6 Creative Ways to Connect Children to their Ancestry

Our ancestors are more than just names. Our ancestors are more than just names. Their journeys have made us and our children who we are today. Connecting with our ancestry reminds us of this.

I absolutely love hearing stories about my family. From the sweet stories of how my grandparents met, to all of their silly and unbelievable memories (my grandfather recalls that he and his friends used to grab onto the back of cars in the winter and “slide” along with cars over the snow… yikes!). I have often wondered how disconnected today’s children may be from such stories, and I am hopeful to raise my children right along with them.

There are many ways to remember and honor your family’s ancestry. The fact that September is National Grandparent Month makes it an excellent time to do so!

1. Conduct an Interview

Luckily, my family and I got to visit with both sets of my grandparents during our recent travels. I saw this as the perfect opportunity for my son to get to know his Great Papas and Great Grandmas. Before we left town, I told him a little about his great grandparents and asked him to think of questions he would like to ask them. This alone was incredibly adorable (oh to have the imagination of a three-year old again!).

My son was actually very excited about this little project and was happy to pose the questions to his great grandparents. The questions created a lot of conversation and it was beautiful to witness the sweet exchanges between them. Most of the questions quizzed my grandparents about a few of their “favorite things,” while others required childlike reflection (“do wishes have magic?”). My son came up with all of the questions except for one—-I encouraged he invite them to share a favorite memory.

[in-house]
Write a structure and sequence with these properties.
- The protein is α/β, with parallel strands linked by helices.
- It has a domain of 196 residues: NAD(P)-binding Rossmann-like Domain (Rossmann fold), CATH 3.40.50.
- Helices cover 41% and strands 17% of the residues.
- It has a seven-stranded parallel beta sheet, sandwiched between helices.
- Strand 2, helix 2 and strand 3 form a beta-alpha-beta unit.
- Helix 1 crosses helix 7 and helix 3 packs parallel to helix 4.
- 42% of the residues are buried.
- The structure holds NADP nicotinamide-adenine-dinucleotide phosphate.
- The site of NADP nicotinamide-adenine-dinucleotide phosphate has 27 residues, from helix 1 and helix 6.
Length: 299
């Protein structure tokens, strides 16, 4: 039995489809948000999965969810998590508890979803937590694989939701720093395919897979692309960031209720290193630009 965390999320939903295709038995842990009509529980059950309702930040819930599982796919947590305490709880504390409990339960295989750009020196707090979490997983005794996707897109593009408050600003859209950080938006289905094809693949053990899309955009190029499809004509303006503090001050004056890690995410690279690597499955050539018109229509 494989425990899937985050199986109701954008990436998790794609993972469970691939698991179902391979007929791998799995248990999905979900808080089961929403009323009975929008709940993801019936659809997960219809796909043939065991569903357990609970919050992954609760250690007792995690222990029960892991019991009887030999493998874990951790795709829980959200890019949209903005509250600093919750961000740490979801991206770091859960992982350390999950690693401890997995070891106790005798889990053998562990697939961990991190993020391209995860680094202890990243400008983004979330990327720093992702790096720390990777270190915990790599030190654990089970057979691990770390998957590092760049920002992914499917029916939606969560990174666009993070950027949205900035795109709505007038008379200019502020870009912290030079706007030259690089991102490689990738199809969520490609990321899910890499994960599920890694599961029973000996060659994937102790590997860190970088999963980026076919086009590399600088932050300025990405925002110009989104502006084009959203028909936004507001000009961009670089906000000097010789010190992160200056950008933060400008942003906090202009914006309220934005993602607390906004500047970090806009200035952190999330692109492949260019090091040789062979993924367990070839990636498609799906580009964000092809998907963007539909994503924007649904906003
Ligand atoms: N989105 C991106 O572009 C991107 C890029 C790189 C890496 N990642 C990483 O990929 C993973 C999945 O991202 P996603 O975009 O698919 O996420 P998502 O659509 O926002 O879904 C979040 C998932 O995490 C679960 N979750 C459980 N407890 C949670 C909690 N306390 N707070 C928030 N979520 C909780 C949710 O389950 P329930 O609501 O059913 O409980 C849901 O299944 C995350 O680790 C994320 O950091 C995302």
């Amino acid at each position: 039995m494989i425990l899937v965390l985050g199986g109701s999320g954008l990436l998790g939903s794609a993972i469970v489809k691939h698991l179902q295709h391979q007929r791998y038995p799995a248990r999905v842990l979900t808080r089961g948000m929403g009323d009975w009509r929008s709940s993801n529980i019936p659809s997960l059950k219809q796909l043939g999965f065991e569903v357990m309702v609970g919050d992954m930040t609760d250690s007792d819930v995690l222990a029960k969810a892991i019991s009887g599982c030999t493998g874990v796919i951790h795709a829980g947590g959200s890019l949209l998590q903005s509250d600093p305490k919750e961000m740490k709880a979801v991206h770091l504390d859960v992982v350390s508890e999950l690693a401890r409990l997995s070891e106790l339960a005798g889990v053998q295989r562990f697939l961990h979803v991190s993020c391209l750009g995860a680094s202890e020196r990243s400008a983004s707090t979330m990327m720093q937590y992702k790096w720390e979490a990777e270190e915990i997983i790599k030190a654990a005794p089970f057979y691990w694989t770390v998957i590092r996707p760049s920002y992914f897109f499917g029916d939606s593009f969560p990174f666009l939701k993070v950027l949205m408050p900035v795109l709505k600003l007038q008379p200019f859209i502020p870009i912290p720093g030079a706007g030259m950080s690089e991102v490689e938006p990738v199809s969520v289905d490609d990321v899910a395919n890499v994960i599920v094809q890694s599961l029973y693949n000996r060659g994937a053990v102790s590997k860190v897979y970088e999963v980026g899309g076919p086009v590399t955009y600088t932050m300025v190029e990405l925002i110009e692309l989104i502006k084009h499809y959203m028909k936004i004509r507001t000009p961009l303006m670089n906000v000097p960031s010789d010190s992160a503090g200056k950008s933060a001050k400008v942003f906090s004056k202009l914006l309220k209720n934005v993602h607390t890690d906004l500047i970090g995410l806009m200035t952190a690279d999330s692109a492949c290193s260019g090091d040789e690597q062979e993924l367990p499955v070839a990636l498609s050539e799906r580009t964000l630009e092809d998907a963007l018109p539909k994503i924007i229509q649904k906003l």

Related: In Defense of Grandparents 

This activity could truly be done with older children too, and questions posed to any family member that you wish to introduce them to.

2. Make a Family Tree

After doing a little research, make your own family tree with the kiddos at arts and crafts time! Make the tree extra special by adding your child’s or relative’s own ink fingerprints on the branches next to the names of your loved ones.

Family trees can be more abstract as well. One of our upcoming projects will be to paint the names of our loved ones on stones to place around our backyard pond.

3. Prepare a Family Recipe

Recipes passed down from generation to generation are a special treat. I am a true believer that the foods of our ancestors truly nourish us, as they are prepared with love and memories. My husband’s grandmother made pancakes for her family of 8 every Saturday morning. My little family and I plan to spend an upcoming Saturday making “Nana’s” pancake recipe and chatting with my husband’s mother all about her.

4. Tell a Story (or Write One)

Ask your parents, grandparents, or great grandparents to share a story about their childhood with you. You can use this story to share with your own children (perhaps with some added funny details and pictures).

My grandparents on my father’s side each wrote their own life story. I have loved reading about their memories and plan to share them with my son. This may be something that you wish to consider working on for your descendants!

5. Take A Road Trip

If not too far, load up the car and drive to visit the birth places of your ancestors. Collect trinkets or postcards from your journey and be sure to take plenty of photos. Even better, recreate an old family photo on site!

6. Honor a Loved One with Kindness

Select an ancestor to honor, perhaps with a good deed or small kindness. You could plant a tree (maybe a favorite of your ancestor’s), write a poem, or get involved with a positive cause that you or your loved one believed in. The possibilities are endless! Consider making this honorary gift a family tradition.

I feel lucky to now be called upon a journey to remember my ancestors. Knowing them is an opportunity to learn about myself. Even greater, it’s an opportunity to begin to heal any ancestral wounds for my family and our ancestors to come.

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